- Gram negative rods, unable to ferment lactose (big difference between this and e. coli), produces H2S (hydrogen sulfide positive- only in certain medias) (whereas shigella is H2S neg. and nonmotile)- Live in intestines of warm and cold blooded animals- Most are motile, like water- Classification is very complicated – more than 2400 different serotypes!o Species name, with serotype name after (Salmonella enterica typhi)- Predominantly industrialized society diseases: in mass-production, we contaminate food, food at rest., sewage contamination- Disseminated in environment via water, soil, plants, human and animal excretion (but don’t multiple, but survive here)- Food (eggs, ice-cream, mayo, meats (contim by shit), veggies, rec. drugs,) pets or water (main source of wide epi)- Usual entrance: oral ingestion
What are the genreal characterisitcs of Legionella?
L. pnemophilia- 90% of all legionella infections in humans involve this member of the legionella family, mostly serogroups 1, 3, 6- Very hardy (0-60 degrees C; pH 5-8.5; need very little O2) - Become attached to surfaces in aquatic environments and form biofilm for attachmento Biofilm then acts as protection- Naturally distributed in all sorts of water: lakes, ponds, water tanks, swimming pools (can survive chlorination), air conditioners- These are naturally parasites of aquatic ameba
PIA – polysaccaride intracellular adhesions ?
used to stick bacteria together and also to stick to RBCs
how are noncommunicable diseases acquired?
1. compromised person invaded by his or her own microbiota
2. individual has accidental contact with microbe in a non-living reservoir
What is an aerotolerant anaerobe?
Does not utilize O2, but can survive/grow to limited extent in it
1. What are bacterial endospores?
2. What is the term for the other phase of the bacterial life cycle?
3. What induces sporulation?
1. extremely resistant stage; dormant bodies
2. vegitative cell
3. environmental conditions; depletion of nutrients
What are 3 types of isolation media?
1. nutrient media
2. selective media
3. indicator media
protein synthesis is the target of what?
a target of antibiotics; second largest class of antibiotics behind cell wall synthesis inhibitors; include clindamycin, aminoglycosides, stretogramins, tetracyclines, macrolides; all take advantage of the fact that bacteria produce proteins with 70S ribosomes, inhibitors bind to either 70S ribosome of 50S or 30S subunits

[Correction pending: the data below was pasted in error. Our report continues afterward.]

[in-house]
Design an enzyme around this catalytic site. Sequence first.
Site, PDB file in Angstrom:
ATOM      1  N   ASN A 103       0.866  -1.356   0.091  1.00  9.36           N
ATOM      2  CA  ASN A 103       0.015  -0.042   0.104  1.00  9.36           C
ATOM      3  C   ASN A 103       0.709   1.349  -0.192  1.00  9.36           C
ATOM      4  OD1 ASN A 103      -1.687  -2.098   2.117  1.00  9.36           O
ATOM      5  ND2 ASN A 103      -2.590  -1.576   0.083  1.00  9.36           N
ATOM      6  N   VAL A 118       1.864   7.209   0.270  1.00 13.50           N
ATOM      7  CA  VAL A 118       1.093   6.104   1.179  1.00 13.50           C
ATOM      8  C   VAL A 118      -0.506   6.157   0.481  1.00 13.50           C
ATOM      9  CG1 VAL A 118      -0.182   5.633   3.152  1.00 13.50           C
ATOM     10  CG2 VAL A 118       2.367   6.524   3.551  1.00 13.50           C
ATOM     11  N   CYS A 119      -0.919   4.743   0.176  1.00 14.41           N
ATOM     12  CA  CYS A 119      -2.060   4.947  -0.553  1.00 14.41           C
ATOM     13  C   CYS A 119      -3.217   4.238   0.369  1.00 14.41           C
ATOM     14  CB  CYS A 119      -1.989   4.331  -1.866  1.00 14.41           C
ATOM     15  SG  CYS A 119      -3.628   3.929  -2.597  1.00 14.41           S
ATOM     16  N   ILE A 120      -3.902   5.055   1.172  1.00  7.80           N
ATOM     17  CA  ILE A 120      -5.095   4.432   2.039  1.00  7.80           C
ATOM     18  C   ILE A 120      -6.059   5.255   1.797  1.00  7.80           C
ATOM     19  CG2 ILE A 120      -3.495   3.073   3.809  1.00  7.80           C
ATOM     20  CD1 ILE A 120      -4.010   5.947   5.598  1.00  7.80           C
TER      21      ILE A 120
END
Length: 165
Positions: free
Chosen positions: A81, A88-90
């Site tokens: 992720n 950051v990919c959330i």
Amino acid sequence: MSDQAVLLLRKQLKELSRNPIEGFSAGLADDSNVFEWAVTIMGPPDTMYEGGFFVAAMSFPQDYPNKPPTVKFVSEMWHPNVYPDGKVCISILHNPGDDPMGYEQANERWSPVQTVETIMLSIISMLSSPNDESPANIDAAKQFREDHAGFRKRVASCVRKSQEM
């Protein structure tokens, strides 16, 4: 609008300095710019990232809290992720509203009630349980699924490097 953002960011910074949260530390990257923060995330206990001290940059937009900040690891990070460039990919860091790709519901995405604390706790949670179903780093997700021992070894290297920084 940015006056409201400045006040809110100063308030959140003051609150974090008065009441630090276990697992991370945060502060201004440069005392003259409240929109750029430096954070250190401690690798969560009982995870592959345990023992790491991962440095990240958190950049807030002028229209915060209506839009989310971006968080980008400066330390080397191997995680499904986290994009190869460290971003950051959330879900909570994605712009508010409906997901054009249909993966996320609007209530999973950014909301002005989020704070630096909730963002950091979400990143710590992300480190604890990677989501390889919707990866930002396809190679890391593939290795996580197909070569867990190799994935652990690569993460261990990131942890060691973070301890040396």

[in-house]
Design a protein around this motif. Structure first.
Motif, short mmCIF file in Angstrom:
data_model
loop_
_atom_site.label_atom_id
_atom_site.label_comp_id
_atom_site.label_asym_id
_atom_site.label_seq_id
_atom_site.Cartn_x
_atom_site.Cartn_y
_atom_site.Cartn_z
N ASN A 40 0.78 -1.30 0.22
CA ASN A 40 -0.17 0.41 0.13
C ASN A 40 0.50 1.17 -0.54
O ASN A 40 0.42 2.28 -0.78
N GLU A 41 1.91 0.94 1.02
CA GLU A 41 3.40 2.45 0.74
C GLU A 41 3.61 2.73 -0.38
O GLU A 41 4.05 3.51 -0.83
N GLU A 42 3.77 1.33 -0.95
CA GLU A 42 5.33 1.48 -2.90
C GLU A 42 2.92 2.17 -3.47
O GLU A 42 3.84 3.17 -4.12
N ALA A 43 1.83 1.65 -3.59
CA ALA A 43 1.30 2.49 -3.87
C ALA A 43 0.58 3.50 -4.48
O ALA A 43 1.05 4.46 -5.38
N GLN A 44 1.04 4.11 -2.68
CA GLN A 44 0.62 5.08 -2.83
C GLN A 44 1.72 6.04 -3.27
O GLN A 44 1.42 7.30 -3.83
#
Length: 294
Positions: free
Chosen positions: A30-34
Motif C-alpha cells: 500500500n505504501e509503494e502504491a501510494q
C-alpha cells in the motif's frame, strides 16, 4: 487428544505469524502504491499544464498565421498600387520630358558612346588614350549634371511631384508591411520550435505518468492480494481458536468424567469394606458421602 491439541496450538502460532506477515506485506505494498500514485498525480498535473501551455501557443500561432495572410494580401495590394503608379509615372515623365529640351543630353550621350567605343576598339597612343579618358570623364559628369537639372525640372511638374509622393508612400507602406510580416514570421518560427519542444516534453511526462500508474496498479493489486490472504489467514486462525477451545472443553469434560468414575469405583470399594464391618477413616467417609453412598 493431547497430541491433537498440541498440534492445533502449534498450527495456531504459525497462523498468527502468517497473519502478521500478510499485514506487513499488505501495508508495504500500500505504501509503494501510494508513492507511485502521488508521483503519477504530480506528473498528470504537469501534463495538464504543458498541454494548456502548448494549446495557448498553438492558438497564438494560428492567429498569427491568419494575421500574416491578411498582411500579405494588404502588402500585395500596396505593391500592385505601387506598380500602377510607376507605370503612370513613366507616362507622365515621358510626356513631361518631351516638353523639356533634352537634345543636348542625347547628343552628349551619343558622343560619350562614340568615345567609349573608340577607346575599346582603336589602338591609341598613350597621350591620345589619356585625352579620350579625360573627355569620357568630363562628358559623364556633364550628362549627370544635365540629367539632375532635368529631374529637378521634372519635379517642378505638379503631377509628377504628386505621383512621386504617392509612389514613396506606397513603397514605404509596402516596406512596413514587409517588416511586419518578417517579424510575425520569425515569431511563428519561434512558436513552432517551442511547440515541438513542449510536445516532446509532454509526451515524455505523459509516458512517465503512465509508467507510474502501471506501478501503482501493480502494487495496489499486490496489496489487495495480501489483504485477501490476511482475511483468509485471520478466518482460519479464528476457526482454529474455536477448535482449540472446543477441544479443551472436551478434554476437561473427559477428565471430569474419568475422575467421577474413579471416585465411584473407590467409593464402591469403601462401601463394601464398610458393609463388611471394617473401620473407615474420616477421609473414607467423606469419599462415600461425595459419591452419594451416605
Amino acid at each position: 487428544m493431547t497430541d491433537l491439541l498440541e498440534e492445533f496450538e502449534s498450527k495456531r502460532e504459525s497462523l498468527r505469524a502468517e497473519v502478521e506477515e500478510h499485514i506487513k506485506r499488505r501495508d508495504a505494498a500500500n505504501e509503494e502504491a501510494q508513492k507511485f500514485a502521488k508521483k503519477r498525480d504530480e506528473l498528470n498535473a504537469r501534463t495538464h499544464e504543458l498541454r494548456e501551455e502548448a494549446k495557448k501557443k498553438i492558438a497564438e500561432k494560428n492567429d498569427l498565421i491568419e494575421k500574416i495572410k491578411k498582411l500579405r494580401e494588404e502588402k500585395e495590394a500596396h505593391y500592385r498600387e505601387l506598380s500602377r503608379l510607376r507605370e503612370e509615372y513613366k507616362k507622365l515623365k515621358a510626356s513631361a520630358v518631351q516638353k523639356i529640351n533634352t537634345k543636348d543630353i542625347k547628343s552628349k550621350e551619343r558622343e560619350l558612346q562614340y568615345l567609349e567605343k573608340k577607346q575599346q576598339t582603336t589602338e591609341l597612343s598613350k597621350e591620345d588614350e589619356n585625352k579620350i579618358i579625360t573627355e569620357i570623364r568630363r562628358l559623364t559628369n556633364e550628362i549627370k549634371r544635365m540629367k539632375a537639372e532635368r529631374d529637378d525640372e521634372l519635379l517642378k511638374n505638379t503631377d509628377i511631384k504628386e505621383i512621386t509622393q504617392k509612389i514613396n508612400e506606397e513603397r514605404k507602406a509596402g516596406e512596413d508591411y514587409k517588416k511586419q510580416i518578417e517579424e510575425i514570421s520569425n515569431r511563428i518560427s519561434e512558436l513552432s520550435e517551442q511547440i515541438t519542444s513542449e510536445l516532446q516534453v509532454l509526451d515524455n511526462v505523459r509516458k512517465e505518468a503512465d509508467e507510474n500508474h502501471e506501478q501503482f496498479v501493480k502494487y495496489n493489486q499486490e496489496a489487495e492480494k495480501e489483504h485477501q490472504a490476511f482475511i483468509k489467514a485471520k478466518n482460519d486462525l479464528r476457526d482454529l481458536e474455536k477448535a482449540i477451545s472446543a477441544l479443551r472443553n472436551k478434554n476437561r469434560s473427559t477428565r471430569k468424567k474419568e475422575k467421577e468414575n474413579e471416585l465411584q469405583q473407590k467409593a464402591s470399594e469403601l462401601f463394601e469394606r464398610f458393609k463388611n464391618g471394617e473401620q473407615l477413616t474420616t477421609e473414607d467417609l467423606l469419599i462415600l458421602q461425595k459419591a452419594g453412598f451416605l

C. diptheriae uses what two types of cultures?
Tellurite- (gray to black colonies)Loffler's- metachromatic VOLUTIN granules
What is the pathology of Strep pneumoniae?
- Humans are the only host- Doesn’t last long on surfaces, heat, cold, etc- Direct contact/aerosols spread it- The problem comes when they move into an area they can’t be cleared from because of a predisposing factor . . .- When they start growing, they produce no reactive toxins, but do produce a nasty host inflammatory response
Occurrence: sporadic, endemic, epidemic, pandemic
Sporadic- occur in a pop w out any periodicityEndemic- usual number of cases of a particular disease in a popEpidemic- short term inc in occurence of a disease in a popPandemic- long term inc in incidence of a disease in a very LARGE pop (influenze)
In what type of individuals are typically infected by pseudomonas? (not species, but general)
Debilitated Hosts
It is an accidental, common soil microorganism
What are the 2 possible ways to collect specimen?
1. direct specimen collection
2. indirect collection
L. pneumonphila pathogenicity is due to?
1. Does not activate the alternate C' pathway2.Elaborates CYTOTOXIN- interferes with O2-dependent phagocytosis3. Beta-lactamases4. Endotoxin
What are the common manifestations of Strep pneumoniae?
- *Leading cuase of Otitis media and sinusitis- Leading bacterial cause of meningitis (espec elderly)- Leading cause of community ac pnemonia- Sepsis
What are 3 types of agglutination tests?
1. rapid plasma reagin test for syphilis
2. weil-felix test for rickettsial disease
3. latex agglutination test
What is the diagnosis of Escherichia coli ?
lots of examples – see labLook for lactose positive gram neg rods - Variety of toxins are species-specific
1. Why does CV-I complex not stick to gram (-)?
2. What is applied?
1. Thin peptidoglycan and outer membrane layer does not prevent extraction
2. safranin is added
What distinguishes a prokaryote from a eukaryote (3)?
1. Packaging of DNA - no nucleus, no histones
2. Cell wall composition - peptidoglycan
3. No complex, membrane-bound organelles for internal structures